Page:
Whether it’s a pot-au-feu from France, a goulash from Hungary, or a moqueca from Brazil, stews from around the world warm the tummy and soothe the soul. From a cookbook that contains recipes from the best Korean restaurants in Los Angeles, comes this easy to make Korean stew. This fiery and fragrant stew will definitely spice up your stew repertoire!
Jjim-Dak – Korean Vegetable Chicken Stew
Discovering Korean Cuisine, edited by Allisa Park
1½ pounds chicken, cleaned and chopped into 2-inch pieces
1 potato, cut into 1-inch slices crosswise
3½ cups water
5 scallions, halved lengthwise and then cut into 4-inch pieces
1/2 large onion, cut into 1/4-inch thick slices
1/4 carrot, peeled and cut diagonally into 1/4-inch pieces
1 jalapeño chile, cut into 1/4-inch rounds
1/4 red bell pepper, seeded, cut into 1/4-inch strips
5 leaves spinach, cut into 2-inch pieces
3 ounces Korean sweet potato vermicelli (dang myun), soaked in warm water for 1 hour
1 tablespoon minced garlic
2 tablespoons soy sauce
1 tablespoon red pepper powder
1 tablespoon Korean hot pepper paste (gochujang)
1 tablespoon granulated sugar
1 tablespoon mirin
2 tablespoons corn syrup
1/4 pack enoki mushrooms, roots trimmed
1 tablespoon sesame seeds, toasted
1. Soak sweet potato vermicelli in warm water.
2. In a large pot (or wok), combine chicken, potato, water, minced garlic, soy sauce, red pepper powder, hot pepper paste, sugar and mirin.
3. Boil over high heat for about 20 minutes with the lid on (or until chicken is fully cooked).
4. Remove the lid and add corn syrup, scallions, onion, carrot, jalapeño chile, and red bell pepper. Quickly mix together and continue cooking for another 5 minutes.
5. Add spinach and prepared sweet potato vermicelli on top and put the lid on (do not mix in). Heat for an additional 2 minutes and then remove from heat.
6. Open the lid and gently mix, then transfer to a serving plate.
7. Put the enoki mushrooms on top and sprinkle on sesame seeds to garnish.
Serving size: 2
1. Sweet potato vermicelli and the Korean hot pepper paste (gochujang) can be purchased at most Asian markets or ordered online. Here’s a link to a listing of online stores that carry Korean ingredients.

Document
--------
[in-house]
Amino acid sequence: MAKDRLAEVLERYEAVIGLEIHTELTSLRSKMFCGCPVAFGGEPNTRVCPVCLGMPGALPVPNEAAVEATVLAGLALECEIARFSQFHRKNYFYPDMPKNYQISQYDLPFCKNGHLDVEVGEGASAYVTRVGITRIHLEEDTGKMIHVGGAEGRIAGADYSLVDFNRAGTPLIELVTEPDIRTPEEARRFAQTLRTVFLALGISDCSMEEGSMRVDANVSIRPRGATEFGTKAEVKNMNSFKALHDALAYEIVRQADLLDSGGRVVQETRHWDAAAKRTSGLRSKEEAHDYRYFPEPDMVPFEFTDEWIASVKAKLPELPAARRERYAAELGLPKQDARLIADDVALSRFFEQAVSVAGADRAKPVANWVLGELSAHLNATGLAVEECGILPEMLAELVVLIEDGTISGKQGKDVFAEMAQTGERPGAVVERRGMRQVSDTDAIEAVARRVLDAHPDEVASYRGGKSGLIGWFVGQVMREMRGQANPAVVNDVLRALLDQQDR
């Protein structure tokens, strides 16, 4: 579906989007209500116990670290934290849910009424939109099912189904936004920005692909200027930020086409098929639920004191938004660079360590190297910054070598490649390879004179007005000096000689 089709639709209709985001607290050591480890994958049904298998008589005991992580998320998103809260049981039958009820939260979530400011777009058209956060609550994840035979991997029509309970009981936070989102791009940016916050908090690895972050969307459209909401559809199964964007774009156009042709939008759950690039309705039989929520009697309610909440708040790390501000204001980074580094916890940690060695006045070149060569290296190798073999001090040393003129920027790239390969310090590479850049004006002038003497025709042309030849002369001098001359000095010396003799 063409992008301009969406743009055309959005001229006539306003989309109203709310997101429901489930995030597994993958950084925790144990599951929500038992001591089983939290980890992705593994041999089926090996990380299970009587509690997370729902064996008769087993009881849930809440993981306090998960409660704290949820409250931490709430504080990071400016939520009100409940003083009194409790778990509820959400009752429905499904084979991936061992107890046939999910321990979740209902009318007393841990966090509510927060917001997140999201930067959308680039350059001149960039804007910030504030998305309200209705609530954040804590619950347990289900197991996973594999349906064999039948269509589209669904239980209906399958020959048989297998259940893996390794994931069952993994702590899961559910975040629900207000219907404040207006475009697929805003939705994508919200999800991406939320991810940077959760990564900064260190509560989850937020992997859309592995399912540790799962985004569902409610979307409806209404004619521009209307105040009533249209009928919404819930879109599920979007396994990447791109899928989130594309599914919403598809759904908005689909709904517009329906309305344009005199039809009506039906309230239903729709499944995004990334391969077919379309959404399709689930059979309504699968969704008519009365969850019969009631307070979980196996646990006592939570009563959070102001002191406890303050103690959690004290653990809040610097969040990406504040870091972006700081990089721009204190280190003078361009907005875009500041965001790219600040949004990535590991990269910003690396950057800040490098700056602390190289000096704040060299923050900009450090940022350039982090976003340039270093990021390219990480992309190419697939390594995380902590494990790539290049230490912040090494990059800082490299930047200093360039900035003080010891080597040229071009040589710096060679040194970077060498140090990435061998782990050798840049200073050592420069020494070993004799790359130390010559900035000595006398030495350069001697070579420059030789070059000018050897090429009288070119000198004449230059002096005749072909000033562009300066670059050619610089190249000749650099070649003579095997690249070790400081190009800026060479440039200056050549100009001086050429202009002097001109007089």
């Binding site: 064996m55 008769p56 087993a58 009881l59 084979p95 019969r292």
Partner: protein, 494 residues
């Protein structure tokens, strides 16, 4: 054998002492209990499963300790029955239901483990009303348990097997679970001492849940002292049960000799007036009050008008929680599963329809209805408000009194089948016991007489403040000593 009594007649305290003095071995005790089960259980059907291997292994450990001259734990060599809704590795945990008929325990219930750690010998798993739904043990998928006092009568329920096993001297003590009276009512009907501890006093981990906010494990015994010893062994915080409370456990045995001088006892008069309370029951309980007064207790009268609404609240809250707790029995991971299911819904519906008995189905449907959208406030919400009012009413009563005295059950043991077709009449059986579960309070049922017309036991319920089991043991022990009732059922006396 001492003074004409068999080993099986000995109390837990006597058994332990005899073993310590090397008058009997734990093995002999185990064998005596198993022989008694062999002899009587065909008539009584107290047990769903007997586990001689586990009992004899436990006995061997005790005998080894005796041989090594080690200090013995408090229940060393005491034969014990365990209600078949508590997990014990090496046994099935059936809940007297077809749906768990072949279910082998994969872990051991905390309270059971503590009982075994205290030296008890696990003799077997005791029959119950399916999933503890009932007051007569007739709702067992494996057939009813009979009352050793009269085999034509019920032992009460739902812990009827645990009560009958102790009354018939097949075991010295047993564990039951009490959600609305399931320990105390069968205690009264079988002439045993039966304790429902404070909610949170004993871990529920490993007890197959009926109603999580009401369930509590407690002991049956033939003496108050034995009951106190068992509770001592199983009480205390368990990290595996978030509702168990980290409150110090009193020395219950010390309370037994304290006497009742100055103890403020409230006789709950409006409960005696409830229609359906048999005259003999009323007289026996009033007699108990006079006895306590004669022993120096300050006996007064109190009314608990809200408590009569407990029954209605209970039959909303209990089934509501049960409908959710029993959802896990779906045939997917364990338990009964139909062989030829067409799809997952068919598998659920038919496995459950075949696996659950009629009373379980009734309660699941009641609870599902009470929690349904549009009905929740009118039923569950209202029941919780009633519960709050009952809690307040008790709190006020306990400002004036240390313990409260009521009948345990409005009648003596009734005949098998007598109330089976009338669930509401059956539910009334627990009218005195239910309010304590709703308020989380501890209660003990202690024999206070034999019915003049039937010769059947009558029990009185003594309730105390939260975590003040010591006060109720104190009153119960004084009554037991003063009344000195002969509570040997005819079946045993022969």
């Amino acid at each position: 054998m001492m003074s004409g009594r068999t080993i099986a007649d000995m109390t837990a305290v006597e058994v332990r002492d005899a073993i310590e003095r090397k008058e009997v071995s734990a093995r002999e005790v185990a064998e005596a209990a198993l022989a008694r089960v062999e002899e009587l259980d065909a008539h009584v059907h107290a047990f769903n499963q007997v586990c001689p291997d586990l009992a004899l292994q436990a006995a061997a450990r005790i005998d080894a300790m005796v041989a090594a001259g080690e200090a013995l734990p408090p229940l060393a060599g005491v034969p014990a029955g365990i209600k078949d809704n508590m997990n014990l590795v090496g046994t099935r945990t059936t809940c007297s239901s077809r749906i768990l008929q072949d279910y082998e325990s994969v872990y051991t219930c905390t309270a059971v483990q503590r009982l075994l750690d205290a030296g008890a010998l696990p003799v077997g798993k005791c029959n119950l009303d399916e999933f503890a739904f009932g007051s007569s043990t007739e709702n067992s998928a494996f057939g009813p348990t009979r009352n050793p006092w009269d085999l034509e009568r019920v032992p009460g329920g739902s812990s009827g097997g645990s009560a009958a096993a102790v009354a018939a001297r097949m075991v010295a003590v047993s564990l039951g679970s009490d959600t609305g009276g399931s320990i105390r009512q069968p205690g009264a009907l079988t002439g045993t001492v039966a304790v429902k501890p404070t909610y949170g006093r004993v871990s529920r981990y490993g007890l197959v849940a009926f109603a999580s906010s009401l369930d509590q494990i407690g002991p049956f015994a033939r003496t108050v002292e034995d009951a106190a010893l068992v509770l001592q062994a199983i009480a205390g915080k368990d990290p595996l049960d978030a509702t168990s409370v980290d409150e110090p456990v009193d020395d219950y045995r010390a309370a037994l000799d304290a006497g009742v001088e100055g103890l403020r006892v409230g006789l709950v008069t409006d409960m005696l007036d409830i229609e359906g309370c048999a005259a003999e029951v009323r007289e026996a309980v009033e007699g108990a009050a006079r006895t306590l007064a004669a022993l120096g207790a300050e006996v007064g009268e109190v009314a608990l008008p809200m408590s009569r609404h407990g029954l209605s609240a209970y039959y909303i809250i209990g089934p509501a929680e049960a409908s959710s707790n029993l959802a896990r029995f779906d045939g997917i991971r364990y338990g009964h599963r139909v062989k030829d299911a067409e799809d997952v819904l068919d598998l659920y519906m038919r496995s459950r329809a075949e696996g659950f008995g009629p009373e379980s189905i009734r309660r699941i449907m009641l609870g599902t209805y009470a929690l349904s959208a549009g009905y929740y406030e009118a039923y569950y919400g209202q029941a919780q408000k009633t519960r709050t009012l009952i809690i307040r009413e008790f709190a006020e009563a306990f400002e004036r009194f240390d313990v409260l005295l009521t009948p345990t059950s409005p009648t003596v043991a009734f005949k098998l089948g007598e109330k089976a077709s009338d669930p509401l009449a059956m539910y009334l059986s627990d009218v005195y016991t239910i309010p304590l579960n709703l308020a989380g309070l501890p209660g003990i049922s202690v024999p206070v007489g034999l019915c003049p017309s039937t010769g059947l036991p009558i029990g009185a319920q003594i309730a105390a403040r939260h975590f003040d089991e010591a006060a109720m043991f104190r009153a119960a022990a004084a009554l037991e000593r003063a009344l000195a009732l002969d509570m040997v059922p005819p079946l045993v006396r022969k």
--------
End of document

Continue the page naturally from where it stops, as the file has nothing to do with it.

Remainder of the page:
2. Because it didn’t make sense to use just a quarter of a carrot and because I like a lot of vegetables in my stews, I used a whole carrot.
3. I had baby spinach leaves on hand, so I didn’t need to cut them into 2-inch pieces. I used a large handful.
4. In step 3 of the directions, I turned the temperature down to medium, because it had reached a rapid boil. I wanted more time for the flavors to mingle and I didn’t want to overcook the chicken.
5. Not having authentic Korean red pepper powder, I substituted ground red pepper (cayenne pepper). 1 tablespoon of cayenne pepper seemed like a lot of heat to me (along with the jalapeño chile and the Korean hot pepper paste), so I cut it back to 1/2 tablespoon. The recipe still had quite a bit of kick. I’m not sure what the heat difference or flavor difference is between cayenne pepper and Korean red pepper powder, but I’ll try it with the authentic red pepper powder the next time I make it. I’d also recommend adding any heat element to taste.
6. I researched enoki mushrooms and found differing opinions on their preparation. Mushroom growers said to just cut off the root end, but some online “experts” said to run it under water and then cut off the root end. The Korean cookbook said, “Sold in plastic bag. Chop off the roots without removing the bag and discard,” so I ultimately followed the cookbook’s instructions.
7. I buy pre-toasted sesame seeds that I keep in my freezer. Before using, I quickly re-toast the needed amount. Toasting sesame seeds brings out their flavor. To toast sesame seeds, put them in a small sauté/frying pan over medium to medium-high heat. Stir constantly until they are a light golden brown. Pour them on a plate to cool.
8. Although this dish contains sweet potato noodles, I served it with rice. I wanted the rice to soak up every last bit of the delicious sauce!